In response, the developer, Forest City Ratner Companies, said the higher price reflected the costs of constructing specialized space for the university.

    Pace was to have occupied a large part of a 1-million-square-foot apartment tower, designed by Frank Gehry, that Forest City Ratner is planning on Beekman Street. The site adjoins N.Y.U. Downtown Hospital on Gold Street and sits on Spruce Street opposite the main building of Pace's Lower Manhattan campus.

    At one time, the university planned to lease 330,000 square feet in the tower, where it would have housed 600 students, the Lubin School of Business, classrooms, an art gallery, the admissions office and dining areas.

    But late yesterday afternoon, David A. Caputo, the president of Pace, issued a statement saying that the university was ending its talks with the developer.

    "As we were negotiating the final lease terms," Dr. Caputo said, "we were informed by Forest City that the financial agreement we had reached had been substantially changed, and Forest City now has asked for a significant increase in Pace's financial obligation to the project. This occurred despite a signed term sheet specifying basic concepts and details, and after 11 months of good-faith negotiation."

    Though he pledged not to abandon Lower Manhattan, Dr. Caputo said that "neither will we financially jeopardize academic programs and scholarships for this project."

    He concluded, "We are disappointed that Forest City Ratner cannot see its way clear to fostering higher education as a lever for renewal and change."

    Neither Pace nor the developer would give specific costs, though more than $370 million in tax-exempt financing has been sought for the project. The hospital, which owns the site, is to have an ambulatory care center in the tower.

    Forest City Ratner is the development partner of The New York Times Company in building a new headquarters on Eighth Avenue opposite the Port Authority Bus Terminal.

    Michele de Milly, a spokeswoman for Forest City Ratner, said the projected cost of the Beekman Street project had "dramatically increased" as the program for Pace became better defined. The added costs, she said, were due in part to longer construction schedules.

    "We're extremely disappointed that the revised proposal was not approved by the Pace board of directors," Ms. de Milly said, "and we remain committed to the development of this important site."

    Copyright 2004 The New York Times Company

  9. #189

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    Welcome to NY, screw Pace, this thing WILL BE LOWERED NOW DAMMIT!

  10. #190

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    o heck no. I was so exited about this project. Hope instead of height declease, the with of it will be decleased.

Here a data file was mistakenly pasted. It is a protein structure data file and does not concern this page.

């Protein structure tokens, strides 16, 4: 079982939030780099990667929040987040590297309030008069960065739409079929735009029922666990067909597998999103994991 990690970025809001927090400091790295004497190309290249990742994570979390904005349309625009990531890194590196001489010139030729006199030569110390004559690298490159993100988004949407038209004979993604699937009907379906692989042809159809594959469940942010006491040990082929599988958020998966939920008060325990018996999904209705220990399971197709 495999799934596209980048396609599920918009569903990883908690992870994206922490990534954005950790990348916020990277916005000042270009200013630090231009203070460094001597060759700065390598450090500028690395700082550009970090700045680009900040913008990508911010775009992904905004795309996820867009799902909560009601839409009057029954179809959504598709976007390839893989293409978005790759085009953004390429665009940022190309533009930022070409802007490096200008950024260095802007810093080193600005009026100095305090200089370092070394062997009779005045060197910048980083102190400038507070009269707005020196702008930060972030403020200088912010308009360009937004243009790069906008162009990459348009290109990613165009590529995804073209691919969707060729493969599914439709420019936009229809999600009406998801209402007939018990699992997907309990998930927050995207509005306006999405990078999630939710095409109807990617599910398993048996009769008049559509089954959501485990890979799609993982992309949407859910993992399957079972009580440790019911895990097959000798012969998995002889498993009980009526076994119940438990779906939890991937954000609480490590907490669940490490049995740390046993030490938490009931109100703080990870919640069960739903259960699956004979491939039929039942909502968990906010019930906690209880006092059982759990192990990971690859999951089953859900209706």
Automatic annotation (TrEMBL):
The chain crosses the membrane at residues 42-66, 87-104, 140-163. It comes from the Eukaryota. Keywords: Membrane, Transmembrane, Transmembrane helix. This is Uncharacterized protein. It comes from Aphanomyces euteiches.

11. #191

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    Serious trouble here. The loss of a 300,000 sq ft tenant and $370 million.

  12. #192
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    Ditto. Where there's smoke, there's fire. Not only has a tenant with nearly a third of the square-footage balked, it's the tenant with specialized funding. There's more to this story and I'm sure it will leak to the press from both sides. Must drama accompany every large-scale project in Lower Manhattan? I'm hoping for an amicable resolution -- this isn't major filler like 2 Gold but a chance for something significant on the skyline. Stay tuned, I sense a dramatic conclusion.

  13. #193
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    I agree - walking away after a letter of terms was issued and nearly a year of negotiation. Someone pulled a fast one here. Negotiation is contentious by its nature. Sounds like Ratner was trying to stick it to Pace. Maybe Ratner has a perceived change in one of the markets (commercial, residential, institutional) that made a Pace tenant a money loser.

  14. #194

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    City and state officials had agreed to allocate $370 million in tax-exempt Liberty Bonds to the project, but their approval was contingent in part on Pace's participation.

    A Ratner spokesperson said there was now "no expectation" of Liberty Bonds and that the developer instead would seek low-interest financing from the city and state available for residential projects that reserve 20 percent of their units for affordable rentals.....

    The hospital, which owns the site, is to have an ambulatory care center in the tower.
    Maybe the 20% "affordable rentals" will take the Pace space, or maybe the hospital will increase its own space in the tower. Who knows...

  15. #195

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    No mention that Ratner will forego the project...